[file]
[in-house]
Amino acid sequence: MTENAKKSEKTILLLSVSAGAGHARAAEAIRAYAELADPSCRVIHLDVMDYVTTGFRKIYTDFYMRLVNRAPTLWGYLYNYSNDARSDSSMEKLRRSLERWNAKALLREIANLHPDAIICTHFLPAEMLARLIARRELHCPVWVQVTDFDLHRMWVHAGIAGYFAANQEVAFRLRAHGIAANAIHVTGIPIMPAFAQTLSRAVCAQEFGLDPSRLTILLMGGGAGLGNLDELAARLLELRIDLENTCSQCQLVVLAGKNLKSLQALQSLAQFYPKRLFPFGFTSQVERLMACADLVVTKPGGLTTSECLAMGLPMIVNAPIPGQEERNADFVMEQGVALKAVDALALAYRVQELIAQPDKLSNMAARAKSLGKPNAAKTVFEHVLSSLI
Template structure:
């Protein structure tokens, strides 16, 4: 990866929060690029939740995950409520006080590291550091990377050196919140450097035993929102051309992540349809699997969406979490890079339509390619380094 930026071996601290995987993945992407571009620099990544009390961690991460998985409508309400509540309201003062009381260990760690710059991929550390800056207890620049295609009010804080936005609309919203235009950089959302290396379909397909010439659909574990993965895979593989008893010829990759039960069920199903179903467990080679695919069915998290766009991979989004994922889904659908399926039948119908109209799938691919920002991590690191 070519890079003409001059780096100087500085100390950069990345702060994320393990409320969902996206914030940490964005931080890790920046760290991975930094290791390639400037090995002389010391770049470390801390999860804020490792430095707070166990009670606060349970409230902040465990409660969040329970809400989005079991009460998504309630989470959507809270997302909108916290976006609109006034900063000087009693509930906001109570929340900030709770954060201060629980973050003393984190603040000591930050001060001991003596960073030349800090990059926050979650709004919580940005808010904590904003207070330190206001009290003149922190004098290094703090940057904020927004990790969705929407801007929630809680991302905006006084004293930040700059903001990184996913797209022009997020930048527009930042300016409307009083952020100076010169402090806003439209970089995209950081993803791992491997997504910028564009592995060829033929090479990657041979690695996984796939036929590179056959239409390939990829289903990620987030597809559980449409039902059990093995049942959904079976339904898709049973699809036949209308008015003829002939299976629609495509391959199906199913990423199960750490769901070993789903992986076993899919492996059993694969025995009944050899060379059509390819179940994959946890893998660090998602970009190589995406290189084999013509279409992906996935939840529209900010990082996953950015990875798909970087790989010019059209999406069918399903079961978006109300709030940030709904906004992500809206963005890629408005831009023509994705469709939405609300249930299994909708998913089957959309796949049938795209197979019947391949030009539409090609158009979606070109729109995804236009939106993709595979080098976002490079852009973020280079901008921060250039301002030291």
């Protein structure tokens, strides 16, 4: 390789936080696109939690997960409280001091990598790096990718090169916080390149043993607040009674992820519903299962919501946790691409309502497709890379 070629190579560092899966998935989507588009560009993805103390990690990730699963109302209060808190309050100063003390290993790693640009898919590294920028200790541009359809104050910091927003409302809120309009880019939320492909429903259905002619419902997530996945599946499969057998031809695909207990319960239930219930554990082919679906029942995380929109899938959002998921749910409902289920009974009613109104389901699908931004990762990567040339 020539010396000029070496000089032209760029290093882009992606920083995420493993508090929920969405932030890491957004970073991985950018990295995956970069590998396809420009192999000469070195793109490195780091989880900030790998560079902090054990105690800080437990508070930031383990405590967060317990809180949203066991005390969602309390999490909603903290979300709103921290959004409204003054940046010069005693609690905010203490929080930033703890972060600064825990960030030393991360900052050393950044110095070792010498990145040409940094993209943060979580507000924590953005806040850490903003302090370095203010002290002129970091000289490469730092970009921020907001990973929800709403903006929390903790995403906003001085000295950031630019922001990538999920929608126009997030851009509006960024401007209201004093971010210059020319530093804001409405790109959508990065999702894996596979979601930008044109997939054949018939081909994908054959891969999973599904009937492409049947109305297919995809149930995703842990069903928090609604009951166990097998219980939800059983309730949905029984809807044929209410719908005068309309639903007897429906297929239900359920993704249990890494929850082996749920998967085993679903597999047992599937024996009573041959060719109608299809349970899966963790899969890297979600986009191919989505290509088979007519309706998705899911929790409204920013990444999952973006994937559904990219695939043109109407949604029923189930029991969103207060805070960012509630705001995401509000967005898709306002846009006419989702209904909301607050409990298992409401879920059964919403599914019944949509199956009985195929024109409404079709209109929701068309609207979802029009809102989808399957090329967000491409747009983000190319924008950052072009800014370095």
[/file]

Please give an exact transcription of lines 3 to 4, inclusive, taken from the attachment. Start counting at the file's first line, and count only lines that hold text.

Template structure:
């Protein structure tokens, strides 16, 4: 990866929060690029939740995950409520006080590291550091990377050196919140450097035993929102051309992540349809699997969406979490890079339509390619380094 930026071996601290995987993945992407571009620099990544009390961690991460998985409508309400509540309201003062009381260990760690710059991929550390800056207890620049295609009010804080936005609309919203235009950089959302290396379909397909010439659909574990993965895979593989008893010829990759039960069920199903179903467990080679695919069915998290766009991979989004994922889904659908399926039948119908109209799938691919920002991590690191 070519890079003409001059780096100087500085100390950069990345702060994320393990409320969902996206914030940490964005931080890790920046760290991975930094290791390639400037090995002389010391770049470390801390999860804020490792430095707070166990009670606060349970409230902040465990409660969040329970809400989005079991009460998504309630989470959507809270997302909108916290976006609109006034900063000087009693509930906001109570929340900030709770954060201060629980973050003393984190603040000591930050001060001991003596960073030349800090990059926050979650709004919580940005808010904590904003207070330190206001009290003149922190004098290094703090940057904020927004990790969705929407801007929630809680991302905006006084004293930040700059903001990184996913797209022009997020930048527009930042300016409307009083952020100076010169402090806003439209970089995209950081993803791992491997997504910028564009592995060829033929090479990657041979690695996984796939036929590179056959239409390939990829289903990620987030597809559980449409039902059990093995049942959904079976339904898709049973699809036949209308008015003829002939299976629609495509391959199906199913990423199960750490769901070993789903992986076993899919492996059993694969025995009944050899060379059509390819179940994959946890893998660090998602970009190589995406290189084999013509279409992906996935939840529209900010990082996953950015990875798909970087790989010019059209999406069918399903079961978006109300709030940030709904906004992500809206963005890629408005831009023509994705469709939405609300249930299994909708998913089957959309796949049938795209197979019947391949030009539409090609158009979606070109729109995804236009939106993709595979080098976002490079852009973020280079901008921060250039301002030291």